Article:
Tommy Stinson is a legend. His work with The Replacements provided the heart of the Minneapolis punk scene in the early 80s, and by the end of the decade, the band’s more melodic sounds had paved the way for varying styles of alternative rock. With his other often overlooked bands Bash & Pop and Perfect, he took the Replacements’ sound even further, dabbling with power pop and even rootsier sounds. With that in mind, although this release from his Cowboys In The Campfire is billed as a “country album”, it’s best bits aren’t quite as massive a musical shift as some people might believe.
As always, it’s been an interesting year for music, but unlike a few previous years, there have been no clear winners or stand-outs. There has been a lot of great music, of course…and this year, we’ve found it very hard to pick favourites.
Our top ten albums, as always, has been restricted to things that actually got reviewed at Real Gone and very much represent our broad musical scope. Hopefully, a couple of our choices will align with yours, but more importantly, we hope our top picks will open your ears to something new.
It’s Friday night in Ramsgate. In the harbour, people are going about their usual Friday night business, drinking Belgian beers and eating tapas. On the other side of town, at the Ramsgate Music Hall, something far more unexpected is about to happen. Tommy Stinson is about to take the stage with his band Bash & Pop. For those still unaware, Tommy is a cult hero, possibly even a legend. Between the early 80s and 90s, he played bass with The Replacements, a garage rock/punk band who gained a devoted following and became influential to a future generation of musicians. He’s been a member of both Soul Asylum and Guns N’ Roses. In between those musical ventures, he’s put out a couple of great solo records and two releases with a largely overlooked band, the ironically named Perfect.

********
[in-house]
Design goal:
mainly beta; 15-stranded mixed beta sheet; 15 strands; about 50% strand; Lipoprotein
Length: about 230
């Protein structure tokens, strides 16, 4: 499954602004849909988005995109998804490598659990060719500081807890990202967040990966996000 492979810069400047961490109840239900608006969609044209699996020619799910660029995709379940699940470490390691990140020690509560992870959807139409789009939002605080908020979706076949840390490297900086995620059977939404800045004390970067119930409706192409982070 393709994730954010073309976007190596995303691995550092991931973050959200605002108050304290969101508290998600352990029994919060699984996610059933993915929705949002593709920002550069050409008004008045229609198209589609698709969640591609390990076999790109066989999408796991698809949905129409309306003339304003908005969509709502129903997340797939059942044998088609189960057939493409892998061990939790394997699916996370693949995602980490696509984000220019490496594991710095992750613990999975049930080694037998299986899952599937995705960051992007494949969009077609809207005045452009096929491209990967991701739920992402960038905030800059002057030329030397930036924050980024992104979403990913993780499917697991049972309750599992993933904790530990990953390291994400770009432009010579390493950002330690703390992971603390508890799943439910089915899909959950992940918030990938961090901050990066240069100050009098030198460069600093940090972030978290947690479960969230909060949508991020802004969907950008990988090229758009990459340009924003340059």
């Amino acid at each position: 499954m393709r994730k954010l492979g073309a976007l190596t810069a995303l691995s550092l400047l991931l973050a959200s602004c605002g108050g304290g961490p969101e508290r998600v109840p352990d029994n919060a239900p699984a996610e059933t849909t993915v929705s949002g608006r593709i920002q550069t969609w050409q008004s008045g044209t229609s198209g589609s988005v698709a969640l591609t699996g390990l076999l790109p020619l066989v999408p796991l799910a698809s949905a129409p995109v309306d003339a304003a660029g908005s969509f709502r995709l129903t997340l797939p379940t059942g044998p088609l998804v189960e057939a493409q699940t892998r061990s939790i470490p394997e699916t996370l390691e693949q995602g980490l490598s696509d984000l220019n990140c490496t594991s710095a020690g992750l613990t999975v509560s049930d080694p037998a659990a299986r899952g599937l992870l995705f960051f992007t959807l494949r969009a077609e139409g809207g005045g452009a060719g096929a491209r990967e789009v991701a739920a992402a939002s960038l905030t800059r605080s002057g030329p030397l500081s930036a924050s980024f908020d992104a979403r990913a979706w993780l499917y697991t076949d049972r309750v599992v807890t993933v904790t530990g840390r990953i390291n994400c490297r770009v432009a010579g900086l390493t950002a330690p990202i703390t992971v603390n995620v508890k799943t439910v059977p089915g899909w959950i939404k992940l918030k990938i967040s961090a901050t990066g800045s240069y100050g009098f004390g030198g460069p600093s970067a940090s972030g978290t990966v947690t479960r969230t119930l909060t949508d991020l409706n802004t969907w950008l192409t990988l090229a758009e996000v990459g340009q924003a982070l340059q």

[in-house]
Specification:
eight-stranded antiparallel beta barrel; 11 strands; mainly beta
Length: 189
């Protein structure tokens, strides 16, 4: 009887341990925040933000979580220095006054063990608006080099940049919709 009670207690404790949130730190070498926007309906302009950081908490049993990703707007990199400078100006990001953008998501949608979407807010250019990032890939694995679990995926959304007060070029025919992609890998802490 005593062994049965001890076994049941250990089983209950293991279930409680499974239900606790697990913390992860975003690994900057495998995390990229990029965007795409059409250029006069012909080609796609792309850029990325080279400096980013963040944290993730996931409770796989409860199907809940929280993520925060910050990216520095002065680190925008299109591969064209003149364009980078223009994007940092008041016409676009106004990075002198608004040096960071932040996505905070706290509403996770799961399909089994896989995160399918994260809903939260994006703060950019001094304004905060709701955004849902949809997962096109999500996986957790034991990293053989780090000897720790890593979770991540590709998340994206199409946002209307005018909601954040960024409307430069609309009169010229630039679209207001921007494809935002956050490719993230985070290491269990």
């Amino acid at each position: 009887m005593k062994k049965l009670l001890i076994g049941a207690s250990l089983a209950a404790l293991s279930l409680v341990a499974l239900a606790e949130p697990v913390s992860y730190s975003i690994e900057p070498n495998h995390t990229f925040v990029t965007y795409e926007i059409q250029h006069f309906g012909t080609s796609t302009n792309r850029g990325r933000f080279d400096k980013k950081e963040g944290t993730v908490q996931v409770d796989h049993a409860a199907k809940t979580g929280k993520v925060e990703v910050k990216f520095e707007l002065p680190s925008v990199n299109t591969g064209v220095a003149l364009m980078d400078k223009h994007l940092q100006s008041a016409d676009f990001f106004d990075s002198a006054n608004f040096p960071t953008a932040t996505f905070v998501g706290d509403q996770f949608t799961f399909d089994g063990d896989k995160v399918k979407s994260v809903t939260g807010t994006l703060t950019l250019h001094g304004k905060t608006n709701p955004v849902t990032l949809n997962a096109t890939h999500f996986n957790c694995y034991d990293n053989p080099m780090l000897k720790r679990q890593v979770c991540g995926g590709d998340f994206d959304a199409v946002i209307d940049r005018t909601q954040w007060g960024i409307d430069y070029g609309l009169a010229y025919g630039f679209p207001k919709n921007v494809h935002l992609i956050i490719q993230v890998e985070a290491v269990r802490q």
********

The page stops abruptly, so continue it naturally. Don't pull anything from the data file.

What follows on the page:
For years, Hüsker Dü fans have desperately wanted a reunion. Much like fellow Minneapolis punks The Replacements, the Hüskers became hugely influential, and all too often to musicians who never actually got to see them live. Obviously, for many Replacements fans, that dream eventually came true, but even at a time when Paul Westerberg and Tommy Stinson were on the road bringing maximum nostalgia, each of the Hüsker Dü members dismissed any chance of a reunion.
The Replacements broke up in 1991. During their lifetime, they became one of the world’s greatest cult bands, gaining a legion of loyal fans, the actor Matt Dillon among them. Following the split, bassist Tommy Stinson embarked on an interesting career, as frontman of his own bands Bash & Pop (whose sole album ‘Friday Night Is Killing Me’ an essential listen for ‘Mats devotees), and Perfect, maker of solo records and as a touring member of Soul Asylum. Rather unbelievably, he’s also been a member of Guns N’ Roses – an odd move, certainly, but one Stinson has previously claimed pays well. Guitarist/vocalist Paul Westerberg released a string of excellent solo recordings, some of a rather lo-fi persuasion, but always showing the songwriter’s gift for a lyric. In a move that pretty much no fans ever expected, Westerberg and Stinson reunited in 2012 as The Replacements, played their own live shows and appeared at festivals across the US.
In 2015, the even more unexpected occurred when The ’Mats announced gigs in the UK. For some fans this would be a great opportunity for revisiting their youth, but for many – and certainly for a huge part of the audience present at The Roundhouse on June 2nd – their first live experience of the band. A proper bucket list job.